A few minutes before midnight, Abigail is awake. The house is quiet. She reaches for her mobile, switches off the alarm and gets up. In the kitchen, she puts on the kettle, opens her laptop bag and sets up her computer, arranging her notebooks on the side. Then, with a cup of tea in hand, she starts studying. Tonight, she has an assignment to complete. Shortly before three in the morning, she saves the work and sends it off. She shuts down the computer, packs everything back into the bag and goes to bed. The assignment lands soundlessly in the course folder at a UK university.
Four hours later, she is up and preparing breakfast. Her daughter, Kez, wants her opinion on the latest paintings she’s done. Abigail looks over her shoulder and smiles. “They’re lovely, my girl.” But Kez shakes her head.
“It’s not what I wanted it to be,” she says. Kez has an electric energy and can’t wait to go and study art next year in Cape Town. Abigail smiles; she knows there is no point in disagreeing. Kez has her ways of seeing.
At nine o’clock, Abigail Murray is in her office at the Saldanha Bay Industrial Development Zone (SBIDZ) SME Co-Lab, where she is the Associate: Enterprise Development and Centre Manager. She has steady, direct eyes that hold your attention and a no-nonsense attitude about her that keeps you on track.
“I joined the SBIDZ in 2015,” she says. “My experience was in enterprise and supplier development, and I felt I had the experience to do the job.”
She joined a team where many of whom were younger than her and most had academic qualifications.
“The fact that I didn’t have a degree worried me. I hadn’t studied – yes, I had 15 years of work experience, but I wasn’t sure how I would go about it,” she says.
She enrolled in a senior management course at the University of Stellenbosch and completed the course successfully. Abigail used the credits to apply to do an honours course through Lincoln University in the UK and has now moved on to doing her masters.
“You can learn from everyone. You must never take your situation for granted; look around you, see how others do it. A junior colleague came in one morning and mentioned she was studying part-time. I said how did you manage it all? And she told me she comes home, eats, sleeps and then works from midnight and then goes back to sleep again at 3 am. And that’s what I do – every weeknight.”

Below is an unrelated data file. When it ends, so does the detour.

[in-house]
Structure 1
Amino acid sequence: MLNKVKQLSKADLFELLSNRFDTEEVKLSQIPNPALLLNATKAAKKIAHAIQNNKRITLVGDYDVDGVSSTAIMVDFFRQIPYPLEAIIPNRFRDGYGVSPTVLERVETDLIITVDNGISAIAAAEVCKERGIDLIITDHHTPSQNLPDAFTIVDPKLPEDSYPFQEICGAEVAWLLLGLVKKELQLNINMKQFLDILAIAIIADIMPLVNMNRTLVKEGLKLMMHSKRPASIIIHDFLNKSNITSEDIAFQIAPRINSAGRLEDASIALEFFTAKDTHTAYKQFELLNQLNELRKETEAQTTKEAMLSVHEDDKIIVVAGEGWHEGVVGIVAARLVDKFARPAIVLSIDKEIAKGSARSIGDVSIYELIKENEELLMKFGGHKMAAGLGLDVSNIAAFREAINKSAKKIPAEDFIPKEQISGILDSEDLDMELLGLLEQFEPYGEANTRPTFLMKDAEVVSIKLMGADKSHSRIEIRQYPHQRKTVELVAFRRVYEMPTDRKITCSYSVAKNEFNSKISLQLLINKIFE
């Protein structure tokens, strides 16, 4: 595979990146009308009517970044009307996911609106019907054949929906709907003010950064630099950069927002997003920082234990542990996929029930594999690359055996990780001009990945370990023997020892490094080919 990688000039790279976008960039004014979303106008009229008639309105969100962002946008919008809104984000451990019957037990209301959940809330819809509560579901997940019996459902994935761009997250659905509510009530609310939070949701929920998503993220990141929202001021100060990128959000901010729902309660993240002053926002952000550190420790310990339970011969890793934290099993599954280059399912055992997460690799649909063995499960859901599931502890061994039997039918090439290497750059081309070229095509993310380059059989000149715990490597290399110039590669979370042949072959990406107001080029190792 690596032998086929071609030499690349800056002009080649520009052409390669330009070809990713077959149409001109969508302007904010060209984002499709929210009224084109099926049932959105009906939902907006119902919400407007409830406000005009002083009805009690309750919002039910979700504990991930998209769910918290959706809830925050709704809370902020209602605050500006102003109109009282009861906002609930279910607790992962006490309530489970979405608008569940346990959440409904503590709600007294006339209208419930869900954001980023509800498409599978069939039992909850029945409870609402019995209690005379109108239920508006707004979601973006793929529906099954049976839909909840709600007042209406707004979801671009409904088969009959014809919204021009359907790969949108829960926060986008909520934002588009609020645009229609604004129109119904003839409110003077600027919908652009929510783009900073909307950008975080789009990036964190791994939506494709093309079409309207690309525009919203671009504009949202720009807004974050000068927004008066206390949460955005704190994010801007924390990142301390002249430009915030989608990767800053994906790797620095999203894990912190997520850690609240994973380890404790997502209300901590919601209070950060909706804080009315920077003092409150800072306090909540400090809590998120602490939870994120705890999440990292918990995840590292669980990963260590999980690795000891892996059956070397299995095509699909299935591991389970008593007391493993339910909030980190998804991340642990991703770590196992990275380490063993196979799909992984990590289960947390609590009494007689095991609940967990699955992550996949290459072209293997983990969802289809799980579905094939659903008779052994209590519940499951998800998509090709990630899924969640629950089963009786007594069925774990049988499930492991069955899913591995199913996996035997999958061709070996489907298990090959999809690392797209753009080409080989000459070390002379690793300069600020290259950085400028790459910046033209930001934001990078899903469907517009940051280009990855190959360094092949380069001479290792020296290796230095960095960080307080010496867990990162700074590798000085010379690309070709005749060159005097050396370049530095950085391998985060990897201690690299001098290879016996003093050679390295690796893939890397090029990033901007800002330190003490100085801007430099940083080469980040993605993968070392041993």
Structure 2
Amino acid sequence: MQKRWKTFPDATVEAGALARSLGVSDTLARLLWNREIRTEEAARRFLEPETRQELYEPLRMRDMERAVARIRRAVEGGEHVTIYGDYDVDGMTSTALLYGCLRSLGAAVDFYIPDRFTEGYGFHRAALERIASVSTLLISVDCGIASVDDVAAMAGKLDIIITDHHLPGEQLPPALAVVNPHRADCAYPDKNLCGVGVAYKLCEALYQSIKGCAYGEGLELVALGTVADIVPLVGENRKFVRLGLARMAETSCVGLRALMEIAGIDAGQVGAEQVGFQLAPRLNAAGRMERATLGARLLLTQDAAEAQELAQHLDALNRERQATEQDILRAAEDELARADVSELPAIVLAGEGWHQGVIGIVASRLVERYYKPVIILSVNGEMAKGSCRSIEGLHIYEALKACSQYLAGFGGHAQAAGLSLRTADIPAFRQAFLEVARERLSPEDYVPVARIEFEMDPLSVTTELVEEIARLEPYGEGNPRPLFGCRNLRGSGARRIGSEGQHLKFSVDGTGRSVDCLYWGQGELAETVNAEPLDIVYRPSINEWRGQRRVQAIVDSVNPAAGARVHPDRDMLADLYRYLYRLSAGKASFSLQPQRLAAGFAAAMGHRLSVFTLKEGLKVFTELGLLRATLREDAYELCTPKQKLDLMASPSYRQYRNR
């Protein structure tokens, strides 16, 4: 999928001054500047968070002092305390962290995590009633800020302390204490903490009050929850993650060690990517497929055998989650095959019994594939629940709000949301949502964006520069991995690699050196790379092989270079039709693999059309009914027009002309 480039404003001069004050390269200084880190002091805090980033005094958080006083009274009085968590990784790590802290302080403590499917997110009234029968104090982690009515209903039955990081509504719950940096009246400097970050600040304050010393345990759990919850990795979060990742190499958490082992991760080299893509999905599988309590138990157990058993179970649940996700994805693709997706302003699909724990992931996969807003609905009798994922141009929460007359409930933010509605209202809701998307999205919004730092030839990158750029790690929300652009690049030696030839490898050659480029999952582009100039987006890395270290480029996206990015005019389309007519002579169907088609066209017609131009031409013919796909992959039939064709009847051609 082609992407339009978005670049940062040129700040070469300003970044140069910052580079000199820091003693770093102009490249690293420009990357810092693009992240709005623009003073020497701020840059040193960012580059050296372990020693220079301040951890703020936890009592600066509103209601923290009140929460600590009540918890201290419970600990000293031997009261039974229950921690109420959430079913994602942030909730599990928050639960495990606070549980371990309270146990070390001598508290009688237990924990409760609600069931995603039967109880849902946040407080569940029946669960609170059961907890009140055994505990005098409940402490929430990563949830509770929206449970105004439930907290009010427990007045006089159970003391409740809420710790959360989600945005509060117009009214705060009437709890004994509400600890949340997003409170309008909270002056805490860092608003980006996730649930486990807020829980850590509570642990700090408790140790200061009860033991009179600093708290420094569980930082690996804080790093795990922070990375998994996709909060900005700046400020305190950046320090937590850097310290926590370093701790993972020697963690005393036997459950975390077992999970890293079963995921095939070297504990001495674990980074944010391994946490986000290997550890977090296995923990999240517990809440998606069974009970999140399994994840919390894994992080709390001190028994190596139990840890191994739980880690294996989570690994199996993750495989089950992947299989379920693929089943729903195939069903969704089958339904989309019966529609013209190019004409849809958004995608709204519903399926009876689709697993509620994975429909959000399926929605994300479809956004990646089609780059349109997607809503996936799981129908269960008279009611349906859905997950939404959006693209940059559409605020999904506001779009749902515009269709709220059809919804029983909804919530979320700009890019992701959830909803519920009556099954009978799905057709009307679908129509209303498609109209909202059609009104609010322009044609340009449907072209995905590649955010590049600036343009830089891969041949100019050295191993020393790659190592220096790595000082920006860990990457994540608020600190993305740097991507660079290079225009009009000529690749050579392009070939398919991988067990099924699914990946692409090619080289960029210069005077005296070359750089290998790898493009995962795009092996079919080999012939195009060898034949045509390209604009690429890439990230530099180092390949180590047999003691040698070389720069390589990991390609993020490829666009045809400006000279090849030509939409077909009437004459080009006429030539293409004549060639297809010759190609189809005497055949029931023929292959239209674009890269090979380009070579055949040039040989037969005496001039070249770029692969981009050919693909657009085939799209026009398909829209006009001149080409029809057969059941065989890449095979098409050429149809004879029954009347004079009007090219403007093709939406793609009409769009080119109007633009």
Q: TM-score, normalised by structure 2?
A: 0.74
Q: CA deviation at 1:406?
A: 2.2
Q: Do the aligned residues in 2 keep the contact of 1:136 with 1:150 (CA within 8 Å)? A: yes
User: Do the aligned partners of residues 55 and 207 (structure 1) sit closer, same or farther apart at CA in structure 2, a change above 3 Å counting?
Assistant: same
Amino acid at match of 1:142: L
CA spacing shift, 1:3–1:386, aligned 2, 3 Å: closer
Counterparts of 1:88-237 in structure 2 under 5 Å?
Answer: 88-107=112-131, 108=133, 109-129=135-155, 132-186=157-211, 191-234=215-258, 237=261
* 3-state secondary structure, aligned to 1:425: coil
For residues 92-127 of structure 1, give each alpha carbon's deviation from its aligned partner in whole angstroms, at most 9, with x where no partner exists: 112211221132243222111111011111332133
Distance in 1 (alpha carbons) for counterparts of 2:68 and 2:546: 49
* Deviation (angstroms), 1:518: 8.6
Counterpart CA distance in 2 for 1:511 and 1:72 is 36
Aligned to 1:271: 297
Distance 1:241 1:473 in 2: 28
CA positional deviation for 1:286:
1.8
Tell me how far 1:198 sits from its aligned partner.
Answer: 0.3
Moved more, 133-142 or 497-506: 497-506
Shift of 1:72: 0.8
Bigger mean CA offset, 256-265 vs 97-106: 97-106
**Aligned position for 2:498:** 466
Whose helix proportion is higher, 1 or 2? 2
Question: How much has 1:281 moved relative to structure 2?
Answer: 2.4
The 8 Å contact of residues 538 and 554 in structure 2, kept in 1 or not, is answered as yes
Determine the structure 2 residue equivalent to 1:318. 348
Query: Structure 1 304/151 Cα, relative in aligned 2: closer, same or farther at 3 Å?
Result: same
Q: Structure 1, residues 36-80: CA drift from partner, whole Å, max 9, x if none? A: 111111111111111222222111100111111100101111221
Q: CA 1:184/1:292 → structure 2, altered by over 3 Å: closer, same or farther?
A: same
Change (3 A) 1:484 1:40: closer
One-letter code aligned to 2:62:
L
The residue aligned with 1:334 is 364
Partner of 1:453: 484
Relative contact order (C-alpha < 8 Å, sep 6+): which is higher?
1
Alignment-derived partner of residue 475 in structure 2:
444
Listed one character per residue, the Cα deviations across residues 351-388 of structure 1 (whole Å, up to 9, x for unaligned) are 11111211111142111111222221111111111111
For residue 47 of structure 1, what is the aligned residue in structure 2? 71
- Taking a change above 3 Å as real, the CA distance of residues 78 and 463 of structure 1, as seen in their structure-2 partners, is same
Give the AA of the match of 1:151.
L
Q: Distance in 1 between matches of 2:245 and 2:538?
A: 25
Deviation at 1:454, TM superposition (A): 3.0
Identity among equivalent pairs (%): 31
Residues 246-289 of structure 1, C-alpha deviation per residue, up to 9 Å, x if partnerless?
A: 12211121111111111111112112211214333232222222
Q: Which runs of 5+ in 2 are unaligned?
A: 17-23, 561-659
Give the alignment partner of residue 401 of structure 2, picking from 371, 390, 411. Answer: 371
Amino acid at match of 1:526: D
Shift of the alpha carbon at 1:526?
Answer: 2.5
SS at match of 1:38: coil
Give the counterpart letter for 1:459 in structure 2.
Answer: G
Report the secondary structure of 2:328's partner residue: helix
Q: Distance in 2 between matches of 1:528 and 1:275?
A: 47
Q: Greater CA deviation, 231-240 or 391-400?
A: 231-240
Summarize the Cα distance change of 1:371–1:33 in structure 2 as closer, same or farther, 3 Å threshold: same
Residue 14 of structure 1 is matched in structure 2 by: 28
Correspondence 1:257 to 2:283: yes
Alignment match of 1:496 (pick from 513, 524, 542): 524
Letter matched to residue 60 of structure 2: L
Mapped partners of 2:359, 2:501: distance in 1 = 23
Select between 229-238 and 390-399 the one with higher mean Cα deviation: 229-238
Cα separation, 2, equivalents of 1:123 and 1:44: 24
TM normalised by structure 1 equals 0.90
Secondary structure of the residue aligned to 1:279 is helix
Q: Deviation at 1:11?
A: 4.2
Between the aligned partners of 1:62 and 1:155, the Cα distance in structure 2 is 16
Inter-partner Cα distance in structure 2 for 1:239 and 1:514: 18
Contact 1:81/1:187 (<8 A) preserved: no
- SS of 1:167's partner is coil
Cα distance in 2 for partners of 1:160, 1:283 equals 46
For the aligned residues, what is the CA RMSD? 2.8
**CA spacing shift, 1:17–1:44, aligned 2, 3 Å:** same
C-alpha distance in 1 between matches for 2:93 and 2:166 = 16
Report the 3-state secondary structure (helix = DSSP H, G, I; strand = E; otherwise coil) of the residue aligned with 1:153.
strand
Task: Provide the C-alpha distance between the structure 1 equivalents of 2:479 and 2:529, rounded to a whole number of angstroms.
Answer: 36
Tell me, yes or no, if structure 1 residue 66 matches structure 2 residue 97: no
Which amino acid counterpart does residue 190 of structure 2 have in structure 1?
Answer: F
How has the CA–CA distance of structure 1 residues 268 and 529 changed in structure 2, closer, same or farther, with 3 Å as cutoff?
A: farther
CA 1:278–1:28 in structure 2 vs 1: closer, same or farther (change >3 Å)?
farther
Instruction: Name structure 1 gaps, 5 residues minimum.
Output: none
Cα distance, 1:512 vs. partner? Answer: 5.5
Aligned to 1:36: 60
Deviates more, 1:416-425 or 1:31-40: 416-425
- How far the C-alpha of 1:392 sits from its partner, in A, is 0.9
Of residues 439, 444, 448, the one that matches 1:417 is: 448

This discipline is part of her life. “It’s important to learn that you need to be present at all moments in your life: at work or at home with the family. And so with studying, you can’t just drag it around and fit it in whenever,” says Abigail.
“I was raised with a very strong spiritual foundation. I read a lot about value systems, how these get challenged with new people and new situations, and this influences how I work,” she says.
“I was propelled into a new environment when I joined the SBIDZ, and I have seen it grow organically from nothing. My work at the SME Co-Lab is strongly linked with the broader community. And I am proud of what we are doing. I have learnt that life is never static, but if you have this strong foundation, you are set up to navigate through life.”
Abigail grew up here in Saldanha Bay, married the boy next door, and they have two daughters.
“My immediate family is almost an entire community on its own,” she says, laughing. “We are planning Kez’s birthday party this month and there are already 40 guests – and that’s all just family.”
“It’s lovely here. People talk about small towns, and about travelling, going elsewhere. I ask myself what I want from life and the answer is I am happy here. The best places are always right where you are.”